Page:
Joseph John vs United Republic of Tanzania
On February 18th, Mr. Joseph John (the Applicant), filed an application instituting proceedings against the United Republic of Tanzania (the defendant State) before the African Court of Human and Peoples’ Rights (the ACHPR or the Court), for alleged violations of the African Charter of Human and Peoples’ Rights (the Charter) in its article 7.
The applicant, who was allegedly 16 years old at the time of the events, was charged with raping a 17-year-old girl and was tried and sentenced by the Kahama District Court on August 24th, 2010. This decision was subsequently upheld by the Tabora High Court on August 14th, 2012 and the Tanzanian Court of Appeal on September 24th, 2013. At the time of filing the present application, he was serving a 30-year sentence in Uyui Central Prison.
On November 21st, 2019, the Republic of Tanzania deposited the instruments of withdrawal of the Court’s declaration of jurisdiction to receive applications from individuals and non-governmental organizations. In issuing its decision on September 22nd, 2022, the Court has been faithful to its consistent jurisprudence of dealing with all cases enrolled in the Registry before the date of entry into force of the withdrawal of the declaration.
As a preliminary point, Tanzania raised objections relating to the lack of jurisdiction of the Court and inadmissibility of the application. After examining the matters, the Court concluded that the case was admissible and declared itself competent to hear it. It then turned to the merits of the case.
- Turning first to the allegation of a violation of his right to post bail (Article 7.( (1) of the Charter), the applicant submits that by failing to inform him of the possibility of his right to apply for parole, Tanzania violated his right to a fair trial. Tanzania, for its part, counters that this point was mentioned only after the issue of reparations has been raised. The Court concluded that it could answer this question and that the right to post bail is a fundamental principle of the right to liberty and that the failure of the defendant State to inform the applicant of this right is a violation of Article 6 of the Charter.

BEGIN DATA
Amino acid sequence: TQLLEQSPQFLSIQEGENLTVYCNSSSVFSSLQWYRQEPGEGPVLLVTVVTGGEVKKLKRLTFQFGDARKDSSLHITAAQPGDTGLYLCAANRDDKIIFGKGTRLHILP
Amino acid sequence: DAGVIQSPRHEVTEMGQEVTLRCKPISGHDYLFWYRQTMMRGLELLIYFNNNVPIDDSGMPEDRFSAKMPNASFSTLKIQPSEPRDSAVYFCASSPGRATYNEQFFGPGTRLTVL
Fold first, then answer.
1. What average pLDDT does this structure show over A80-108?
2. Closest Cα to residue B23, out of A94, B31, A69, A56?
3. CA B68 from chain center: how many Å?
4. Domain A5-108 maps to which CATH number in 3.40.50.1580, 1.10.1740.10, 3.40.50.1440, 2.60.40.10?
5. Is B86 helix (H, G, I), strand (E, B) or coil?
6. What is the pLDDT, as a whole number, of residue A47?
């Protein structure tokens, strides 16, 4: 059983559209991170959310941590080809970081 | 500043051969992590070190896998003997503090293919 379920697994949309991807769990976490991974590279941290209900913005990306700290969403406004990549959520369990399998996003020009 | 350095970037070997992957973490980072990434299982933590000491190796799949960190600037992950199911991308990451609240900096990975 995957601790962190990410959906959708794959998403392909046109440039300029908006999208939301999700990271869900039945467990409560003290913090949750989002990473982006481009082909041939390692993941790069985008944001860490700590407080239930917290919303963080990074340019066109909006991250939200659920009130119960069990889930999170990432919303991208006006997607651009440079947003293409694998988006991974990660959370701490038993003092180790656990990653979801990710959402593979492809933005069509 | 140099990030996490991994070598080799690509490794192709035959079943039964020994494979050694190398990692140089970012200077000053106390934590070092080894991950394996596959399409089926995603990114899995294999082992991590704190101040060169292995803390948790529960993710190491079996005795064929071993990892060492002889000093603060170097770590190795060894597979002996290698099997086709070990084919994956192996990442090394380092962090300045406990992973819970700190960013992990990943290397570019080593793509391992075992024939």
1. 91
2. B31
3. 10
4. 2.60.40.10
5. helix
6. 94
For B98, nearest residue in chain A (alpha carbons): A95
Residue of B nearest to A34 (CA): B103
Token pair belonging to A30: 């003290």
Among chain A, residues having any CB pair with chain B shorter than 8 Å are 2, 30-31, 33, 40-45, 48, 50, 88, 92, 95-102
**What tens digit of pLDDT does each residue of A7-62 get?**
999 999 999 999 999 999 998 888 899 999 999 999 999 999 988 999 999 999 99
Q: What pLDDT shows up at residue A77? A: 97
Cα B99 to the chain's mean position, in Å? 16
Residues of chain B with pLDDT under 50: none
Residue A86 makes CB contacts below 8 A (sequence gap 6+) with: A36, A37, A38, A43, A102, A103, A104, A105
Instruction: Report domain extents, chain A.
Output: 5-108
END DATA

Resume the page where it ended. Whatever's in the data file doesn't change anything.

- Turning next to the allegation of a violation of his right to legal aid (Article 7.( 1). (c) of the Charter), the applicant alleges that, being indigent, it was imperative to receive legal aid in so far as he was being tried for a crime considered serious. Tanzania replied that the complainant had never made such a request. The Court, reiterating its settled case-law, concluded that, in the circumstances of the present case, the State had a duty, of its own motion and free of charge, to offer the applicant legal aid. By failing to do so, Tanzania did violate Article 7(1) of the Charter.
- Turning then to the allegation of a violation of his right to be tried within a reasonable time (Article 7(1)(d) of the Charter), the applicant notes that he remained in police custody for more than 24 hours and was indicted 3 months after being arrested. Tanzania, for its part, asserts that the case was tried at first instance over a period of one year, a period of time which was reasonable, having regard to the nature of the the offence and the circumstances of the case. The Court sided with Tanzania.
- Turning finally to the allegation of a violation of his right to be tried by a juvenile court, the applicant claims that he was under 16 years of age at the time of the offence. Tanzania asserts that the transcript of the hearing before the Court of Appeal noted that he was 20 years old at the time of his indictment. On the basis of the documents provided, the Court concluded that the applicant was indeed of age at the time of the trial.
The Court rejected the applicant’s request for release and awarded the applicant 600,000 Tanzanian shillings for non-pecuniary damage. This sum must be paid to the applicant tax-free within 6 months of notification of this decision, failing which default interest will have to be paid.
This summary is provided for informational purposes only, does not involve the responsibility of Dome and should in no way be used as a substitute for a careful reading of the judgment and order of the case.